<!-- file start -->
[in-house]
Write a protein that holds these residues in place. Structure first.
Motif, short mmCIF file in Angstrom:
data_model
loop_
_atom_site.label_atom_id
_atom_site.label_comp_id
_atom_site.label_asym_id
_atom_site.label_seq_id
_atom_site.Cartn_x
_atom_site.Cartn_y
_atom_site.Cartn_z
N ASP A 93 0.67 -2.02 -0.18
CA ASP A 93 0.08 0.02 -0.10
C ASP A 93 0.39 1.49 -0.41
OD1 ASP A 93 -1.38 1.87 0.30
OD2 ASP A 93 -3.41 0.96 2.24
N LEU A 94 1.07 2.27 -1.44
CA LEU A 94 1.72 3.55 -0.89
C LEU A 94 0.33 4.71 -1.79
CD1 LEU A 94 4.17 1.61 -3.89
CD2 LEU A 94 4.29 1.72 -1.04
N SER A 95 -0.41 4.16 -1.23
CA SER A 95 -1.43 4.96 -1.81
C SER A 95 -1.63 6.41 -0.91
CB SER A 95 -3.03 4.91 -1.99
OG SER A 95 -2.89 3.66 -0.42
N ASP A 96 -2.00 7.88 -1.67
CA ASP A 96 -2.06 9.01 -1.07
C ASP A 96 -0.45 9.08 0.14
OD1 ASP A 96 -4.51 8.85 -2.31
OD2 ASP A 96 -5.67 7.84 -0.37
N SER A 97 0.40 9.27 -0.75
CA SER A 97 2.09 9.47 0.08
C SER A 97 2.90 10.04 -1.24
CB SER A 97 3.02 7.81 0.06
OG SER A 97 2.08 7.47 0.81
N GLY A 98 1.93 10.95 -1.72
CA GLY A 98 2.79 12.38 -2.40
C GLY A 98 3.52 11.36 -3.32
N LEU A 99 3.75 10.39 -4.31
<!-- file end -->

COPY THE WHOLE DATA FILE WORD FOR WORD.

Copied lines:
[in-house]
Write a protein that holds these residues in place. Structure first.
Motif, short mmCIF file in Angstrom:
data_model
loop_
_atom_site.label_atom_id
_atom_site.label_comp_id
_atom_site.label_asym_id
_atom_site.label_seq_id
_atom_site.Cartn_x
_atom_site.Cartn_y
_atom_site.Cartn_z
N ASP A 93 0.67 -2.02 -0.18
CA ASP A 93 0.08 0.02 -0.10
C ASP A 93 0.39 1.49 -0.41
OD1 ASP A 93 -1.38 1.87 0.30
OD2 ASP A 93 -3.41 0.96 2.24
N LEU A 94 1.07 2.27 -1.44
CA LEU A 94 1.72 3.55 -0.89
C LEU A 94 0.33 4.71 -1.79
CD1 LEU A 94 4.17 1.61 -3.89
CD2 LEU A 94 4.29 1.72 -1.04
N SER A 95 -0.41 4.16 -1.23
CA SER A 95 -1.43 4.96 -1.81
C SER A 95 -1.63 6.41 -0.91
CB SER A 95 -3.03 4.91 -1.99
OG SER A 95 -2.89 3.66 -0.42
N ASP A 96 -2.00 7.88 -1.67
CA ASP A 96 -2.06 9.01 -1.07
C ASP A 96 -0.45 9.08 0.14
OD1 ASP A 96 -4.51 8.85 -2.31
OD2 ASP A 96 -5.67 7.84 -0.37
N SER A 97 0.40 9.27 -0.75
CA SER A 97 2.09 9.47 0.08
C SER A 97 2.90 10.04 -1.24
CB SER A 97 3.02 7.81 0.06
OG SER A 97 2.08 7.47 0.81
N GLY A 98 1.93 10.95 -1.72
CA GLY A 98 2.79 12.38 -2.40
C GLY A 98 3.52 11.36 -3.32
N LEU A 99 3.75 10.39 -4.31